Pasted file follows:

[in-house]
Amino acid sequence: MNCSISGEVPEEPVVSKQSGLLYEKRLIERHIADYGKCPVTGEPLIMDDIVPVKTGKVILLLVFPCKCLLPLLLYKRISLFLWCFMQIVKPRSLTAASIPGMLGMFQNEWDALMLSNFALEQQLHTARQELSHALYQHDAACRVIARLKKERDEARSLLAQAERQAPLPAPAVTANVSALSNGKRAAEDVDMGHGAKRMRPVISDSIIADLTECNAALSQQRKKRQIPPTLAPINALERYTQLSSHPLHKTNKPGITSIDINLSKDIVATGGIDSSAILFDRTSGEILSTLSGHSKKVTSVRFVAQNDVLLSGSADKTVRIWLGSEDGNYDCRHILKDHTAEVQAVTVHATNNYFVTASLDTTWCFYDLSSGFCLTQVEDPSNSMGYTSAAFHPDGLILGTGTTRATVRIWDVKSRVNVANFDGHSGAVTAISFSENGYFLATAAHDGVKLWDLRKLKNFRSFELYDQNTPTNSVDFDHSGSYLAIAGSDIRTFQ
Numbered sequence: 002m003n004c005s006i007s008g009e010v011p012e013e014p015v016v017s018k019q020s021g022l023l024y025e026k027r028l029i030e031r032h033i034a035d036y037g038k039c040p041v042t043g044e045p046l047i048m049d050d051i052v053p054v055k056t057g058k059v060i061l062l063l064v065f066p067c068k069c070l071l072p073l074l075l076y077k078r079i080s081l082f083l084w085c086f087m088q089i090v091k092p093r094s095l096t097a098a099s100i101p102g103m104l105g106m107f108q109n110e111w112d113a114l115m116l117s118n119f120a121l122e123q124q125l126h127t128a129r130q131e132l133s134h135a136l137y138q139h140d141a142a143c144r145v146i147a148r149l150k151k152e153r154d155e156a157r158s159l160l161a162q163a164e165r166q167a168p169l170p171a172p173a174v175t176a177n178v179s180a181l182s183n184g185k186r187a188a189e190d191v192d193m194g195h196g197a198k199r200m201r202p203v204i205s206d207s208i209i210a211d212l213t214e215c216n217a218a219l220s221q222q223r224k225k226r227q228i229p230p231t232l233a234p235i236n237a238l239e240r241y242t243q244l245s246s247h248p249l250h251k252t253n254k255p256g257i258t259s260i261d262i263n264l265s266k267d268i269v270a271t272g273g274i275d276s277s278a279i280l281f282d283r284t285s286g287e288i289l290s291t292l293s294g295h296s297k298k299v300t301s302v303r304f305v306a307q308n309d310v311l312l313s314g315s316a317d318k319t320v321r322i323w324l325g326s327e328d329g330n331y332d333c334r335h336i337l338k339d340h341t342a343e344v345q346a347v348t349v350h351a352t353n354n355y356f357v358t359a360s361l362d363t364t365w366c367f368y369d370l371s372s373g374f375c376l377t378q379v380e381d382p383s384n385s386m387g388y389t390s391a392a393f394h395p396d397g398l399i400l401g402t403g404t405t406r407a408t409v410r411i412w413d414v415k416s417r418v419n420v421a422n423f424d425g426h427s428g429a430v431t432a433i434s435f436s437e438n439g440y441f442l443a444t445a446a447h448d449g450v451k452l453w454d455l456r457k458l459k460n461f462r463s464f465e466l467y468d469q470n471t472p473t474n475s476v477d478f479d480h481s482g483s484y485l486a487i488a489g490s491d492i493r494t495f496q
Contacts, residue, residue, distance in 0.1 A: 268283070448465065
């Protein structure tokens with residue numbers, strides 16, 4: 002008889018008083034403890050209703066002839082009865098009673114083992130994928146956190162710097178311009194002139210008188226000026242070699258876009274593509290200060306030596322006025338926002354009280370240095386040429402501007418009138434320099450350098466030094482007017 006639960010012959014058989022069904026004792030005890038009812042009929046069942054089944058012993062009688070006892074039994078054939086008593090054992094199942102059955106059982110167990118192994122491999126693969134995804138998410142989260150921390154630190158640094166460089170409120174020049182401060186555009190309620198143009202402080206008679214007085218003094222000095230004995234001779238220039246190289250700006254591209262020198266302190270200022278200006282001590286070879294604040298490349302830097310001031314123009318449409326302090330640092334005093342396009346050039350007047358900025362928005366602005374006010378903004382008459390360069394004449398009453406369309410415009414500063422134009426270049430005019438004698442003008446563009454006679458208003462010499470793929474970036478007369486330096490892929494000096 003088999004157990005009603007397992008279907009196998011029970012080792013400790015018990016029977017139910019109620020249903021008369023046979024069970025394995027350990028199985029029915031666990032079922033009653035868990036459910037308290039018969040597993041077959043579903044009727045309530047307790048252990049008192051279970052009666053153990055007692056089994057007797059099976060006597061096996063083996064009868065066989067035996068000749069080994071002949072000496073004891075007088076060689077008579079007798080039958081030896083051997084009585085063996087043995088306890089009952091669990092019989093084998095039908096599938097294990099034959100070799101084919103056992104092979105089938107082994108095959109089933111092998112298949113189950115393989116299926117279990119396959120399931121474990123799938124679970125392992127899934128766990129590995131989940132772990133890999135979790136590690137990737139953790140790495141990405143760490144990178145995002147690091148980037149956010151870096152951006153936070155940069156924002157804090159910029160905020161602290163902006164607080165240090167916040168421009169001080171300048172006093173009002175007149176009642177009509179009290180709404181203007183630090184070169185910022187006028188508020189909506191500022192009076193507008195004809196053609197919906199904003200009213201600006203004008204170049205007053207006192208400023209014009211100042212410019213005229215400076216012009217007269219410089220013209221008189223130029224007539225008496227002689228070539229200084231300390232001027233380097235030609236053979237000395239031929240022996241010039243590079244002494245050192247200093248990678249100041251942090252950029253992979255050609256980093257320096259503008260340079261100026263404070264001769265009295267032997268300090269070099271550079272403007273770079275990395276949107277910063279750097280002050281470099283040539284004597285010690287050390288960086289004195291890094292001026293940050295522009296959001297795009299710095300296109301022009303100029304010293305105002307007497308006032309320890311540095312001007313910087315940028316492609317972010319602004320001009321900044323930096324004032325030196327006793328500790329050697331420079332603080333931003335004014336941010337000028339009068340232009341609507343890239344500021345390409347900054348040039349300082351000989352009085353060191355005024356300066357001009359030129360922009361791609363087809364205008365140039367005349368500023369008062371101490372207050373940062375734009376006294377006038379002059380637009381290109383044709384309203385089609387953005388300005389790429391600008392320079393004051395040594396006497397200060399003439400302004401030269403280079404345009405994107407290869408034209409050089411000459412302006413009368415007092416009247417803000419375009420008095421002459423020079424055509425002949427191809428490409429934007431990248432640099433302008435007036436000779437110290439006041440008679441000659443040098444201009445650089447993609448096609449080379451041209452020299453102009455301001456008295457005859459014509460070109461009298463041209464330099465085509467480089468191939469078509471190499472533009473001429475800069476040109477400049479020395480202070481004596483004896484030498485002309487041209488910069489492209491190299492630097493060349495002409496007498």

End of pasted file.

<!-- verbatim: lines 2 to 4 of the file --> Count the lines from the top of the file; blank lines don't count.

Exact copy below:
Amino acid sequence: MNCSISGEVPEEPVVSKQSGLLYEKRLIERHIADYGKCPVTGEPLIMDDIVPVKTGKVILLLVFPCKCLLPLLLYKRISLFLWCFMQIVKPRSLTAASIPGMLGMFQNEWDALMLSNFALEQQLHTARQELSHALYQHDAACRVIARLKKERDEARSLLAQAERQAPLPAPAVTANVSALSNGKRAAEDVDMGHGAKRMRPVISDSIIADLTECNAALSQQRKKRQIPPTLAPINALERYTQLSSHPLHKTNKPGITSIDINLSKDIVATGGIDSSAILFDRTSGEILSTLSGHSKKVTSVRFVAQNDVLLSGSADKTVRIWLGSEDGNYDCRHILKDHTAEVQAVTVHATNNYFVTASLDTTWCFYDLSSGFCLTQVEDPSNSMGYTSAAFHPDGLILGTGTTRATVRIWDVKSRVNVANFDGHSGAVTAISFSENGYFLATAAHDGVKLWDLRKLKNFRSFELYDQNTPTNSVDFDHSGSYLAIAGSDIRTFQ
Numbered sequence: 002m003n004c005s006i007s008g009e010v011p012e013e014p015v016v017s018k019q020s021g022l023l024y025e026k027r028l029i030e031r032h033i034a035d036y037g038k039c040p041v042t043g044e045p046l047i048m049d050d051i052v053p054v055k056t057g058k059v060i061l062l063l064v065f066p067c068k069c070l071l072p073l074l075l076y077k078r079i080s081l082f083l084w085c086f087m088q089i090v091k092p093r094s095l096t097a098a099s100i101p102g103m104l105g106m107f108q109n110e111w112d113a114l115m116l117s118n119f120a121l122e123q124q125l126h127t128a129r130q131e132l133s134h135a136l137y138q139h140d141a142a143c144r145v146i147a148r149l150k151k152e153r154d155e156a157r158s159l160l161a162q163a164e165r166q167a168p169l170p171a172p173a174v175t176a177n178v179s180a181l182s183n184g185k186r187a188a189e190d191v192d193m194g195h196g197a198k199r200m201r202p203v204i205s206d207s208i209i210a211d212l213t214e215c216n217a218a219l220s221q222q223r224k225k226r227q228i229p230p231t232l233a234p235i236n237a238l239e240r241y242t243q244l245s246s247h248p249l250h251k252t253n254k255p256g257i258t259s260i261d262i263n264l265s266k267d268i269v270a271t272g273g274i275d276s277s278a279i280l281f282d283r284t285s286g287e288i289l290s291t292l293s294g295h296s297k298k299v300t301s302v303r304f305v306a307q308n309d310v311l312l313s314g315s316a317d318k319t320v321r322i323w324l325g326s327e328d329g330n331y332d333c334r335h336i337l338k339d340h341t342a343e344v345q346a347v348t349v350h351a352t353n354n355y356f357v358t359a360s361l362d363t364t365w366c367f368y369d370l371s372s373g374f375c376l377t378q379v380e381d382p383s384n385s386m387g388y389t390s391a392a393f394h395p396d397g398l399i400l401g402t403g404t405t406r407a408t409v410r411i412w413d414v415k416s417r418v419n420v421a422n423f424d425g426h427s428g429a430v431t432a433i434s435f436s437e438n439g440y441f442l443a444t445a446a447h448d449g450v451k452l453w454d455l456r457k458l459k460n461f462r463s464f465e466l467y468d469q470n471t472p473t474n475s476v477d478f479d480h481s482g483s484y485l486a487i488a489g490s491d492i493r494t495f496q
Contacts, residue, residue, distance in 0.1 A: 268283070448465065